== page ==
Chances are, you already know that Real Relationships are difficult. So how can we go about loving God and others well?
First, recognize the barriers that are getting in the way of you being able to connect with God and others. While there may be many, here are three that were addressed in a recent message at South Ridge Church.
Question: What’s getting in the way of you being able to connect with God and others?
Barrier #1: Searching for your identity outside of Christ.
According to Henri Nouwen, the 3 biggest lies we can believe about where to find our identity are:
- I am what I do.
- I am what others say or think about me.
- I am what I have.
I am what I do – My job or my career defines me. I’m good at it. I spend 45-50 hours (or more) a week focusing on that, so I’m really, really good at it. I don’t make time to think about connecting with God and others, because I’m not good at that. But I am good at what I do, so I’ll not only focus my energy there, but I’ll let my work define who I am. Or…
I am what others say or think about me – My family tells me who I am and what I’m supposed to say, think, or believe. As long as my spouse, kids, boss, friends, and/or family think well of me, then that’s where I’ll find my identity.
I am what I have – Whether it’s a house, car, family, spouse, kids, personal appearance, the nicest golf clubs, a swim membership, another pair of shoes, a new computer, or anything else. We can go to what we have for our identity.
Question to consider: Where do you most go to find your identity?
Practical Application: Find at least five Scripture passages that clearly say who God says you are, write them down, and read them several times a day until you begin to actually believe them.
Barrier #2: Our opinions of others and/or their behavior.
In Everybody Always, Bob Goff writes, “God makes people, and people make issues, but people aren’t issues. They’re not projects either. People are people.”
Ephesians 6:12 (NIV) For our struggle is not against flesh and blood, but against the rulers, against the authorities, against the powers of this dark world and against the spiritual forces of evil in the heavenly realms.
Matthew 5:43-44 (NIV) “You have heard that it was said, ‘Love your neighbor and hate your enemy.’ But I tell you, love your enemies and pray for those who persecute you.”
What if you don’t have people you would refer to as enemies? Perhaps the best step is to think of those you often disagree with, or as Bob Goff says, those “who are flat out wrong about more than a couple of things.” Surely we all have others in our lives that fall into these categories. And one way to love them is to truly believe that they’re doing the best they can.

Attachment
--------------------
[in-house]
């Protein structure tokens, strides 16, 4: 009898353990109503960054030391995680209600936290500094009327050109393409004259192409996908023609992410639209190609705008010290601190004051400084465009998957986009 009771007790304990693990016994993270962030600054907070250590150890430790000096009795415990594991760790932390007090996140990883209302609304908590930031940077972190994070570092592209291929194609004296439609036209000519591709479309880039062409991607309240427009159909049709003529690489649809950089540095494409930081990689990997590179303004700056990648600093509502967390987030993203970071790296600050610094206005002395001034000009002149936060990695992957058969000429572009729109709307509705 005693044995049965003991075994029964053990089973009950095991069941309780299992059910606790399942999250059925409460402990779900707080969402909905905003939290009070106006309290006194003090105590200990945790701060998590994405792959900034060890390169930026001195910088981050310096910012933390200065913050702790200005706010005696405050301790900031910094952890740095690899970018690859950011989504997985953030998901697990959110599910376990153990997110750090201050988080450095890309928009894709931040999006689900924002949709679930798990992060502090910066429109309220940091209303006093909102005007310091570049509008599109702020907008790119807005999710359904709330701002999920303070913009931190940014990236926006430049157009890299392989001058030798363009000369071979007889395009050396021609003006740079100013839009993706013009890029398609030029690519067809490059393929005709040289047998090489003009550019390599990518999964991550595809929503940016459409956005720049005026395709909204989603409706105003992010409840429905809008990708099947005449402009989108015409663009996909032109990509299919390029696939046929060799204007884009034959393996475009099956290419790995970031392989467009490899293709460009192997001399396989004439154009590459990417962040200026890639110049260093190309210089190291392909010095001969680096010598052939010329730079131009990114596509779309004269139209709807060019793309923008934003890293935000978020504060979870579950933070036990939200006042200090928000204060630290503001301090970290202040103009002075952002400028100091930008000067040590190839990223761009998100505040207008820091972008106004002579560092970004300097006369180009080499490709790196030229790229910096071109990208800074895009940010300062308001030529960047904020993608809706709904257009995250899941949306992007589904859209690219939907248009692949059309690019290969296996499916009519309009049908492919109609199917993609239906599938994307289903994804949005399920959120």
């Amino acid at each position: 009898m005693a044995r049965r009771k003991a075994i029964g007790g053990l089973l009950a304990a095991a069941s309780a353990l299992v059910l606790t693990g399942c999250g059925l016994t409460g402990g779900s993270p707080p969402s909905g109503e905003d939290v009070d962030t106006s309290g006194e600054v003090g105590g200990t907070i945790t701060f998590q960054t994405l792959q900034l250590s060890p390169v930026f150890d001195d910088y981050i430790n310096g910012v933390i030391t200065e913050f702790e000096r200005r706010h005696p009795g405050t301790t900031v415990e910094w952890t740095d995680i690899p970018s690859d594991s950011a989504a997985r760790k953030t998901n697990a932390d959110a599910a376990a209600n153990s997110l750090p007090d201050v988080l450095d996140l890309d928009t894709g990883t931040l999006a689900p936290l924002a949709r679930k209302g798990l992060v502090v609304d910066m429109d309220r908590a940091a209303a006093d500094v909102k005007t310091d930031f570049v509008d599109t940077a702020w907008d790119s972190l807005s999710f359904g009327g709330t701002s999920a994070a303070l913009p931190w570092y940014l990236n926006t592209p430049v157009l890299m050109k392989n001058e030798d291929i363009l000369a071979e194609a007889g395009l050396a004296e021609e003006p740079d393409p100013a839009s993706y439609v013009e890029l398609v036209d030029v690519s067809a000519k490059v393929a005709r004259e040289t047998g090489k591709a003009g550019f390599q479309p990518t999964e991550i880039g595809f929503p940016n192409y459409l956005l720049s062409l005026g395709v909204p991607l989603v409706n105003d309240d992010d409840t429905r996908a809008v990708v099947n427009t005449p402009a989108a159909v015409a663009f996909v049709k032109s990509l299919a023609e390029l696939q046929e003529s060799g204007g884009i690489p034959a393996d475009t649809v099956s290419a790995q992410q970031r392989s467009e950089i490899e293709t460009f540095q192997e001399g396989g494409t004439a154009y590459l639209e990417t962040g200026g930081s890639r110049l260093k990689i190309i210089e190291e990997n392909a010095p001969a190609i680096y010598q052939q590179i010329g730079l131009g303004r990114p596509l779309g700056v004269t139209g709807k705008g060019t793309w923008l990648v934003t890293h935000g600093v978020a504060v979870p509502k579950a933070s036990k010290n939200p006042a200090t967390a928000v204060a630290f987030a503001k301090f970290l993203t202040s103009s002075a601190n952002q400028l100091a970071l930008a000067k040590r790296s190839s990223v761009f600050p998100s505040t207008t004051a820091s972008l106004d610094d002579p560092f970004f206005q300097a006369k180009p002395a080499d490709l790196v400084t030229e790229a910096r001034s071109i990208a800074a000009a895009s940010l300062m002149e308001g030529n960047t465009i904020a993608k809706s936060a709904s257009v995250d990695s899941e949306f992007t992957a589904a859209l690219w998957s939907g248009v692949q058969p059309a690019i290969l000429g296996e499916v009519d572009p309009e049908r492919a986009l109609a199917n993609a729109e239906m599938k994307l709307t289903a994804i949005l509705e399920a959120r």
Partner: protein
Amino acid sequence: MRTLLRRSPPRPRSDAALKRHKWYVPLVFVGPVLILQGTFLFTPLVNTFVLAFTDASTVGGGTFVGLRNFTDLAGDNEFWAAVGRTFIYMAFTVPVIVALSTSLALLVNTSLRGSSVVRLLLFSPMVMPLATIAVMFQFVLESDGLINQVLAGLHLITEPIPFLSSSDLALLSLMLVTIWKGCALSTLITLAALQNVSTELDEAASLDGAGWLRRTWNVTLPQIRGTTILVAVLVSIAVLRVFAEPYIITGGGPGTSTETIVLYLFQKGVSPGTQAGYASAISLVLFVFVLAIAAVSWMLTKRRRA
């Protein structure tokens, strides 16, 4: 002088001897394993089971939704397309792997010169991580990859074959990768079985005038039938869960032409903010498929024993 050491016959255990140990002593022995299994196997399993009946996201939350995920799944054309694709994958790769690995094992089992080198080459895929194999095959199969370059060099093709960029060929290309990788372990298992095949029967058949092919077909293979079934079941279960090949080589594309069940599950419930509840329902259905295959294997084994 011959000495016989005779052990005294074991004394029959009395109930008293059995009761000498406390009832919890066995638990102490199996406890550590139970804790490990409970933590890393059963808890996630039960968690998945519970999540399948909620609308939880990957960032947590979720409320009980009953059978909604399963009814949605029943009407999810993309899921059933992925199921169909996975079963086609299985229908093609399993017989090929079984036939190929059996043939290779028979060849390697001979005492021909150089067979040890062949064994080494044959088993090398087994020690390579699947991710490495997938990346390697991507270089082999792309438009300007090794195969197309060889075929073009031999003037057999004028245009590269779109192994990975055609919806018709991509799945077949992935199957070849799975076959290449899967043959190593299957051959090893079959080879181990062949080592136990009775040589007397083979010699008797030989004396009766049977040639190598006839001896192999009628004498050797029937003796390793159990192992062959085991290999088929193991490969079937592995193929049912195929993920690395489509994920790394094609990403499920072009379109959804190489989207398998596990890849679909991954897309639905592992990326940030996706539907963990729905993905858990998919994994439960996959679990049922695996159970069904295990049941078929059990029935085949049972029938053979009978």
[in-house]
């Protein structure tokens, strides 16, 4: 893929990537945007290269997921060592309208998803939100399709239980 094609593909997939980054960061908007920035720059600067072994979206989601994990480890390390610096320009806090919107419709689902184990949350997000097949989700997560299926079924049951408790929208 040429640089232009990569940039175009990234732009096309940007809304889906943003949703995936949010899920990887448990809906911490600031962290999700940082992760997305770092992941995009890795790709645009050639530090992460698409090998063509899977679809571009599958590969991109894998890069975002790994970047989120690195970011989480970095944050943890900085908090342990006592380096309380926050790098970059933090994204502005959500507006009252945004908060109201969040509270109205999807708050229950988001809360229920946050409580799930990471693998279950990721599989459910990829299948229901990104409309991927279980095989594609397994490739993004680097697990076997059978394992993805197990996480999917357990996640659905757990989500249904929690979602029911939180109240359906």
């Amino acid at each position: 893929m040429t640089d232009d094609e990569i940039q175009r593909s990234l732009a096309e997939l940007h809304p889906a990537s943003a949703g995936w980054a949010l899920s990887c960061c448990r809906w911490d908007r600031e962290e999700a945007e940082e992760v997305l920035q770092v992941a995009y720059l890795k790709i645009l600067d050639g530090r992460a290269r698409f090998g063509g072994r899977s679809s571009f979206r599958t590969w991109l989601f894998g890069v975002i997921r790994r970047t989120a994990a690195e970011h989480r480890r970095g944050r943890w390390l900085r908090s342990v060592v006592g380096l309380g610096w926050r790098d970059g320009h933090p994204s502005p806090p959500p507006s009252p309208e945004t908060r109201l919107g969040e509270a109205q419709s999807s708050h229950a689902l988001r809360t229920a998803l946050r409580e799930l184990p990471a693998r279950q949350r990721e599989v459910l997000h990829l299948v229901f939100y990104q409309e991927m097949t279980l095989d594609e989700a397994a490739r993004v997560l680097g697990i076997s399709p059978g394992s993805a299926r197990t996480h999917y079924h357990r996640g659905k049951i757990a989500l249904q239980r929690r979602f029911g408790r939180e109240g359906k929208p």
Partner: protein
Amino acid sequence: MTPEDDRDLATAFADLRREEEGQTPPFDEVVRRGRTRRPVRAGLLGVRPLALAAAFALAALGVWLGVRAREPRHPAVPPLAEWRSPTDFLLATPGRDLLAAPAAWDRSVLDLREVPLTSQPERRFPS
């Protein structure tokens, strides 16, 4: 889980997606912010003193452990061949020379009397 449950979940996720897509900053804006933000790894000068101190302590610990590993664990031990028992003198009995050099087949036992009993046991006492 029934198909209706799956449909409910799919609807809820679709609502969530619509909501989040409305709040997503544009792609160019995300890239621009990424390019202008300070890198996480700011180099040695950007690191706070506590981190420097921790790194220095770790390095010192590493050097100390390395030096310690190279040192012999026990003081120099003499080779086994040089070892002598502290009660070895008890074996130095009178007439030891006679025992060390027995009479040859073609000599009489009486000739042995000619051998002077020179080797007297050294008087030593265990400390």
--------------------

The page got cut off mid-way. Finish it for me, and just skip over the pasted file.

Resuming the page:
Question to consider: In what ways would your life be different if you believed that people, in general, are doing the best they can?
Practical Application: Write down the names of 1-3 people you don’t understand or often disagree with, and then think of at least one way to love each of them over the next week. Then think of at least one way to love each of them the following week. And then the next. And then the next. And the next. And keep doing that until you get to a point of seeing them as a person, and not an issue.
If that seems like an unrealistic step for you, then write down the names of 1-3 people you don’t understand or often disagree with, and beside their name write the words, “is doing the best they can.” Try it. See what happens. It may take days, weeks, months, or even years. But follow through with this exercise every day and over time, you’ll find that maybe you don’t misunderstand them or disagree with them as much as you thought you did. You’ll begin to see them a bit differently. You’ll begin to see them a bit more like God sees them.
Barrier #3: Lack of delighting in others as Christ does.
Author Larry Crabb writes in his book, Connecting, that we connect with others by:
- Letting people know we delight in them as Christ does
- Eagerly looking for the goodness in someone’s heart
- Remembering that it’s the kindness of God that leads to repentance and healing
Colossians 1:28-29 (NIV) He is the one we proclaim, admonishing and teaching everyone with all wisdom, so that we may present everyone fully mature in Christ. To this end I strenuously contend with all the energy Christ so powerfully works in me.
Research indicates that for relationships to work well, Appreciations need to outweigh Criticisms by a ratio of at least 7:1.
Question to consider: Do you find yourself sharing more appreciations, or more criticisms?
Practical Application: Keep count this week of the number of appreciations you share. Pick 1-3 people, and see if you can share something you delight in them at least 7 times more than you can share a criticism with them.
Take time over the coming weeks to really think about the above questions and follow through on the Practical Application suggestions. Chances are, you’ll begin to experience tremendous fruit in your relationships with God and others.